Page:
“I’d been feeling a bit tired (lymph nodes had been detected the previous winter) and I didn’t really know what was going on and, you might find this funny, but it was partly due to the running that I ended up going to the doctor. My run times were starting to slip back and I couldn’t think of any reason as to why that was. Then I ended up going home from work one day because I wasn’t feeling well and that’s when it all really kicked off. I got sent into hospital for two days, had a battery of tests and two weeks later we got called back by the consultant, Brian Hennessy in Whitfield, and the results showed that I had Non-Hodgkin’s Lymphoma, and it had been detected very early. And it was a bloody big shock. But of the types to get, it’s one that has one of the better outcomes. Brian told me I’d have to go through chemo. I spoke to him on a Thursday, I started medication on the Friday and the following Tuesday and Thursday I had my first bouts of chemo. That went on for eight months. I had six treatments of one type of chemo and then two treatments of another kind and that finished in February. I didn’t have the sickness or the vomiting, I’m grateful I was spared that, but there was a lot of fatigue and tiredness. It does take it out of you. I won’t say I got the all-clear but things are after going well and I’m on what’s known as a ‘maintenance phase’ now where I’m still under the watchful eye, so to speak.”
Liam wasn’t a stranger to the Solas Centre, having partaken in previous editions of the Run For Life (“I walked it last year with one of the lads from the Men’s Group there”) and he availed of their services “very early on” in the process.
“The Centre was mentioned to me by one of the nurses in Whitfield too so I went out, had an initial meeting with one of the counsellors there and she introduced me to the Men’s Group and that’s been very good for me,” said Liam, son of Marie and Willie and brother to Brian.
“It’s a very supportive environment, you’ve got a group of men there with different types of cancer and when you’re going through treatment, that group gives you a place you can talk freely about it. And there’s times when we don’t mention cancer at all. It’s not a sombre group – it’s the complete opposite. We look after the garden project out there too, the Bloom Garden and the Wildflower Garden, and that’s been a brilliant outlet for us, especially during the summer. We love it out there.”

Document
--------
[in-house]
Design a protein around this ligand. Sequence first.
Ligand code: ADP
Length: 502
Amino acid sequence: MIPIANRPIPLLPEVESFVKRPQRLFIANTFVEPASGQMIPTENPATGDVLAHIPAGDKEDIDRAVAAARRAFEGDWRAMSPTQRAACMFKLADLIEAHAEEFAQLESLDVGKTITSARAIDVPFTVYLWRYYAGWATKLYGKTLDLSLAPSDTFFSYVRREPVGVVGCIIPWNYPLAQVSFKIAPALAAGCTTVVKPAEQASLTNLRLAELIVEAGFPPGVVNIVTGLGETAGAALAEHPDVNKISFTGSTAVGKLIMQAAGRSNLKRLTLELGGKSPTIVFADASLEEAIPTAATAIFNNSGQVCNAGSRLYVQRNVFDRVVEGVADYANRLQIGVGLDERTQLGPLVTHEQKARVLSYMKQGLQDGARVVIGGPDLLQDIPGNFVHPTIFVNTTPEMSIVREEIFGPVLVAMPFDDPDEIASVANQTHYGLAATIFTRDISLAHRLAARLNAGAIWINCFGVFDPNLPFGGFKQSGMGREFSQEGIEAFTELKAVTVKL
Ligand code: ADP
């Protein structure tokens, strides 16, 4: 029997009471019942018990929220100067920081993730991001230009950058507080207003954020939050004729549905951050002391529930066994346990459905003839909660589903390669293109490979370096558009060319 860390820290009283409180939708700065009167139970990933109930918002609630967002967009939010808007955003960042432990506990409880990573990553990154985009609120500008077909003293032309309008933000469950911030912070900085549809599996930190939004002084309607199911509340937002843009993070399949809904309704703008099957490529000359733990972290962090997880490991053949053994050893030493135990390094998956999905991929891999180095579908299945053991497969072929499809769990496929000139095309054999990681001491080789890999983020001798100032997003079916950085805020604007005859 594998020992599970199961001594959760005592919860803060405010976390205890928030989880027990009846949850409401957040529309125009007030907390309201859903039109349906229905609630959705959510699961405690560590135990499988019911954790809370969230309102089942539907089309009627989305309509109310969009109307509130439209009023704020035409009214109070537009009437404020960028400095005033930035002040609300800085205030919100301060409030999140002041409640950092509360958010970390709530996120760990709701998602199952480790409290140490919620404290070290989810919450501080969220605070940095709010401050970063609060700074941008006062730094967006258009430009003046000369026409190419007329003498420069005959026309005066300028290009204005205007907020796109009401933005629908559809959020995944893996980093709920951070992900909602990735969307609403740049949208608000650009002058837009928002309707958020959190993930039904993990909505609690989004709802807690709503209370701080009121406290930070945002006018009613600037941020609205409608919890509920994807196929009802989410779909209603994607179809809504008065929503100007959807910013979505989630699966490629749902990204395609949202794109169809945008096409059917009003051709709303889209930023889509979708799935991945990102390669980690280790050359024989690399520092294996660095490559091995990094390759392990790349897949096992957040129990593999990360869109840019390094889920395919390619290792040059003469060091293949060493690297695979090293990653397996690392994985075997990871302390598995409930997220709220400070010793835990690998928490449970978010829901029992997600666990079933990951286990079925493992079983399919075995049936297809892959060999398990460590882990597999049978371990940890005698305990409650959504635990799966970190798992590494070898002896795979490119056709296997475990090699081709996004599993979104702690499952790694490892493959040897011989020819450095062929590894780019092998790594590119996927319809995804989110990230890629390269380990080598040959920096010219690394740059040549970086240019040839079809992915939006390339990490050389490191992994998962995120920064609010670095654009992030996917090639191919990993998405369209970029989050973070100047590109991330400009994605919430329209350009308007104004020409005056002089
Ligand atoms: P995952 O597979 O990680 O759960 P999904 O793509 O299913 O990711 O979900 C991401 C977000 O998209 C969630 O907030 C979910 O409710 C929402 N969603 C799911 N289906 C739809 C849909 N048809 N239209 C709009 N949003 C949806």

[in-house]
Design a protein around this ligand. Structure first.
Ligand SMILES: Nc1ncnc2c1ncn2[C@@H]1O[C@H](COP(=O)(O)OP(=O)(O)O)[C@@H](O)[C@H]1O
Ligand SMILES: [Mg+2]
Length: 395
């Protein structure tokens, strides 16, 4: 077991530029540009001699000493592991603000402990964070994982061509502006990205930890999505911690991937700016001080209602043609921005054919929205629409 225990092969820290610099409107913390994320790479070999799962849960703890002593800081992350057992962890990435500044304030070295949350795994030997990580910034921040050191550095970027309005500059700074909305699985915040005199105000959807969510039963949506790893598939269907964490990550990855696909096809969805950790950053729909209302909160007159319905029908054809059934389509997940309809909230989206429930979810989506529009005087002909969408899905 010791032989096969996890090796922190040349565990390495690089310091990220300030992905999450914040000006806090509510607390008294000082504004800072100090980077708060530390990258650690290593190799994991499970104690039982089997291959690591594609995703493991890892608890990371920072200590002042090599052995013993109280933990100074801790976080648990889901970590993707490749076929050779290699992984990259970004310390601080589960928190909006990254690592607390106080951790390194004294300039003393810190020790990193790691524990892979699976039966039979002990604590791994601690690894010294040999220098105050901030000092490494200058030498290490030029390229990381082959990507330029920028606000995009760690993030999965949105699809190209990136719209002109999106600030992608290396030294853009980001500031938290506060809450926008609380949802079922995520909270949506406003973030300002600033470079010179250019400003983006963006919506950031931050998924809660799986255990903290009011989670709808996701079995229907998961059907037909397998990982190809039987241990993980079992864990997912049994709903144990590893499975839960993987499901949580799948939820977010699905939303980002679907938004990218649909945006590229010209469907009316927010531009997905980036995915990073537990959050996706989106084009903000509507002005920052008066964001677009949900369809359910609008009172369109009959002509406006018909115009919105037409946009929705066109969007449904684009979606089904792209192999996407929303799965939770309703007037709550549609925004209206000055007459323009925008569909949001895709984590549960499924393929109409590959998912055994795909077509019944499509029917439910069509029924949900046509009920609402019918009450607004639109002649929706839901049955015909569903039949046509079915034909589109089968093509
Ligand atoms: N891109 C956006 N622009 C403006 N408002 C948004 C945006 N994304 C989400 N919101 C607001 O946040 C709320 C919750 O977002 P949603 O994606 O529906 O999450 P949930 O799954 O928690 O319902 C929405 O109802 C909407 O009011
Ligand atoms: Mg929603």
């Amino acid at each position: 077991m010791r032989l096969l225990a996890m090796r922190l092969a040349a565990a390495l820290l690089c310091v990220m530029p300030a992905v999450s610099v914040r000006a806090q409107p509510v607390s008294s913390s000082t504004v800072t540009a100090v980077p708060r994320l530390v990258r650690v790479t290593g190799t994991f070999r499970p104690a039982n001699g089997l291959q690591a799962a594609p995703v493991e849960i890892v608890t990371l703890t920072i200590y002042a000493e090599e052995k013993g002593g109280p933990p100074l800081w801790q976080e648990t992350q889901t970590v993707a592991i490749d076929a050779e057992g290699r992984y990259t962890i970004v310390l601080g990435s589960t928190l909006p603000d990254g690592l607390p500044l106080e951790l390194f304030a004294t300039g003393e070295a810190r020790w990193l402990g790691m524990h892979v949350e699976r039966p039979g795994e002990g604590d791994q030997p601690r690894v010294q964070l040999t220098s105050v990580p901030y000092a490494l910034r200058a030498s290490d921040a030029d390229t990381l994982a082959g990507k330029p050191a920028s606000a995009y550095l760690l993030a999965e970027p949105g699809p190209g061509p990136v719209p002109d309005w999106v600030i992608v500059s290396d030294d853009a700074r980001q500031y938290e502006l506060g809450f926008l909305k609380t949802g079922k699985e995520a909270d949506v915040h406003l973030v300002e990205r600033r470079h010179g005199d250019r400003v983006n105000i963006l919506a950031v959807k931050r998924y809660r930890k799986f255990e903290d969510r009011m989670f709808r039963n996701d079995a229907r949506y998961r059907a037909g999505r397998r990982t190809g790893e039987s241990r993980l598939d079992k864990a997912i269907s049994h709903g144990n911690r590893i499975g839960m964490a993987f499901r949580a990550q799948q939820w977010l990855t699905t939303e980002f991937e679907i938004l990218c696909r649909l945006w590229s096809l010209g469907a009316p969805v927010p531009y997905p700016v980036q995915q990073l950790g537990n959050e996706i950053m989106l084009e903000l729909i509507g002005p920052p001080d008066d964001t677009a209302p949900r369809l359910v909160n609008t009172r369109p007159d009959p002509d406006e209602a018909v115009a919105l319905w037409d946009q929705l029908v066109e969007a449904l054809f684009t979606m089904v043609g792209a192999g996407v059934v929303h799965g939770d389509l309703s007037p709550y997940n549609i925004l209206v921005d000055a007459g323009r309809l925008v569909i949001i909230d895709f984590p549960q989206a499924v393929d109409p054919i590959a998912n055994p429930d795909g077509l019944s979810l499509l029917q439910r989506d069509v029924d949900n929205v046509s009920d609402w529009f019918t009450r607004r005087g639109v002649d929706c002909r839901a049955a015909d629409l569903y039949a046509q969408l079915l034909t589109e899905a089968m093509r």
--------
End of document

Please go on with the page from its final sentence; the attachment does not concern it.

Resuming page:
Father to Muireann, Liam Óg and Mícheál, all keen athletes in their own right, Liam extols the virtues of exercise to everyone, regardless of age or levels of physical prowess.
And as part of the Solas Centre’s ‘10 for 10’ training group (all of whom are in recovery from cancer), who have been put through their respective paces by Shane Dineen at the WIT Arena, Liam has found another productive outlet for his love of running.
“It’s the perfect example of how exercise should be promoted. Running isn’t all about being competitive, making times and running faster than you did yesterday. The Run For Life and the Park Runs are all about participating, whether you’re walking or running. The concept is to get people literally moving, to sow a seed about changing your routine, to train one day a week and build from there. You don’t have to split yourself in two with training. I’m talking to you now, I’m after coming out the other end of cancer and I’ve been training all my life between martial arts and running. But it’s been understood for quite some time now that exercising reduces your chances of getting serious illness. All the training I did may well have helped me cope with the worst elements of it and I think it’s stood to me. Running is great for the mind and the body. It’s worth giving it a go.”
Postscript: Liam covered the Run For Life course in some comfort, crossing the finish line in a time of 54 minutes and eight seconds.